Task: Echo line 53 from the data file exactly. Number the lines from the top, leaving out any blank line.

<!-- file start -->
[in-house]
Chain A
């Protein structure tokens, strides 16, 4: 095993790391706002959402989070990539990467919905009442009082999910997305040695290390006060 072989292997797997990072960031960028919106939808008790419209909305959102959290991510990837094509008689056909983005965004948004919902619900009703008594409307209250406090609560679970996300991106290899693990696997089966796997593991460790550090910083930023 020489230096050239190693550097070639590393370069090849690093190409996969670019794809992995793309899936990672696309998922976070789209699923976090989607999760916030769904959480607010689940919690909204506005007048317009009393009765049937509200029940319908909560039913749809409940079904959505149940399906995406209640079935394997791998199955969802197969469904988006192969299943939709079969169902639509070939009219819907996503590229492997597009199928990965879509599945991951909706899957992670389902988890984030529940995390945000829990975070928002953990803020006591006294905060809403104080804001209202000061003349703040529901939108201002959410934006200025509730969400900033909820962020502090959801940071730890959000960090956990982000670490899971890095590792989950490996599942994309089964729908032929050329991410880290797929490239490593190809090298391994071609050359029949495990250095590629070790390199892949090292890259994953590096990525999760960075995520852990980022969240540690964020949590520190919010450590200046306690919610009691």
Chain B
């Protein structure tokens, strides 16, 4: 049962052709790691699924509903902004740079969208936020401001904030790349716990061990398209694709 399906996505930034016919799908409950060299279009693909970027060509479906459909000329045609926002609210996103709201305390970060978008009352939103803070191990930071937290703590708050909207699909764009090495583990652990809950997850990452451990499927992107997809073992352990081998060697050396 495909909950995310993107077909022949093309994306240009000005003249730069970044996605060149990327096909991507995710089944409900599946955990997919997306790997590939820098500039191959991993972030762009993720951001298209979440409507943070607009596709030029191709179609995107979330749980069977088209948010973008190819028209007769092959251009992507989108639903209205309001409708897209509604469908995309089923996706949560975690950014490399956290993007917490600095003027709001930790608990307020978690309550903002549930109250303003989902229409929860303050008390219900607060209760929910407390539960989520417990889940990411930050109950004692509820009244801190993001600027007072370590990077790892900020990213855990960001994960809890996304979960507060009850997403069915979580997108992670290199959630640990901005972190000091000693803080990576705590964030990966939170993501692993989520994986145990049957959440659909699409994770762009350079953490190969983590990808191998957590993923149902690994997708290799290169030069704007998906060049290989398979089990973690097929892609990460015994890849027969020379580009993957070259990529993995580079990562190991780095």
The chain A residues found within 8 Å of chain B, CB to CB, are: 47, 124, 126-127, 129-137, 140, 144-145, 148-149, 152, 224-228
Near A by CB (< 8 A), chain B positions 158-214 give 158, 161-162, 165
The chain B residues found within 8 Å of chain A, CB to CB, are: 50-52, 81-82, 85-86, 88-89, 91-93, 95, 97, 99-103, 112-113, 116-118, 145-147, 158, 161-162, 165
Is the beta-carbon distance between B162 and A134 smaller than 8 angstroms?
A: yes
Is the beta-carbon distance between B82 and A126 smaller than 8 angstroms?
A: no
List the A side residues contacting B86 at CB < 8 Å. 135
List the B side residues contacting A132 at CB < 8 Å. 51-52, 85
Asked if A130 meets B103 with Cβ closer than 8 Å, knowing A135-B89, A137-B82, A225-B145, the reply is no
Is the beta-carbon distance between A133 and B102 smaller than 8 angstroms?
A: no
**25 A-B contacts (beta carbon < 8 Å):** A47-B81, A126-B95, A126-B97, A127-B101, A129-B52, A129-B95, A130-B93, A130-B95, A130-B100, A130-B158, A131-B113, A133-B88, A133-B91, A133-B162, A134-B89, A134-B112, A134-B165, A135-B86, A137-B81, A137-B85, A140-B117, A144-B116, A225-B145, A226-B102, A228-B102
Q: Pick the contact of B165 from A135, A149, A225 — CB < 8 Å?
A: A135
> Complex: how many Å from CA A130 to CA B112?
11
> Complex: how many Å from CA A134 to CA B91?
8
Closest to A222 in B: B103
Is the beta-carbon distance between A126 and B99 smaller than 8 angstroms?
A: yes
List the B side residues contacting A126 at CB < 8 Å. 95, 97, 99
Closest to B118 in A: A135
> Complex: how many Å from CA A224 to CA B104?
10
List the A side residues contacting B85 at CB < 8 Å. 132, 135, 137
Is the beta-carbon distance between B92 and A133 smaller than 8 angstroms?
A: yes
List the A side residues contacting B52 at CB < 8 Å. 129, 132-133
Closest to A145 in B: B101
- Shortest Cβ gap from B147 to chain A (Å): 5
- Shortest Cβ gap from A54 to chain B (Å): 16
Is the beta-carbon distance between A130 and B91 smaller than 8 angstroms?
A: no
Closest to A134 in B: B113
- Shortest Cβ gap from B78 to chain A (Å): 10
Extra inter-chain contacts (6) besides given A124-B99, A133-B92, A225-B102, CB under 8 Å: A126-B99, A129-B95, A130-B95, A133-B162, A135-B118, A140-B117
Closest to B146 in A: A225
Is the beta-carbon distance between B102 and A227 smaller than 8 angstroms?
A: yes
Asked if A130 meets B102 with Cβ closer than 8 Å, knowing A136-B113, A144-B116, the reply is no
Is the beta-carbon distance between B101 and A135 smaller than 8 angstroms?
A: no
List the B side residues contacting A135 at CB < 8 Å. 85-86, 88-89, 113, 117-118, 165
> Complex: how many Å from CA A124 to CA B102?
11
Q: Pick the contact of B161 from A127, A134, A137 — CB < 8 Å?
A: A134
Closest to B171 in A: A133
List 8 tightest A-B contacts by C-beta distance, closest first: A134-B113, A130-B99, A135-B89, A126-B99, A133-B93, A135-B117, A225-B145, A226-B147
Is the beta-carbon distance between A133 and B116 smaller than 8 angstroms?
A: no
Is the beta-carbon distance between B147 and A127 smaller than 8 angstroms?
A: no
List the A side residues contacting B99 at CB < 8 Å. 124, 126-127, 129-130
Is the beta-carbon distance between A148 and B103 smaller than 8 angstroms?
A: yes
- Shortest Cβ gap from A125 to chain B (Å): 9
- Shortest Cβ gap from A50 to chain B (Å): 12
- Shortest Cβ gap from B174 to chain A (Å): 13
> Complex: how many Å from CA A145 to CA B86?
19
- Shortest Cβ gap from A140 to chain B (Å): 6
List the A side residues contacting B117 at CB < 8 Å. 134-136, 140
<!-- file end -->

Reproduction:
Q: Pick the contact of B161 from A127, A134, A137 — CB < 8 Å?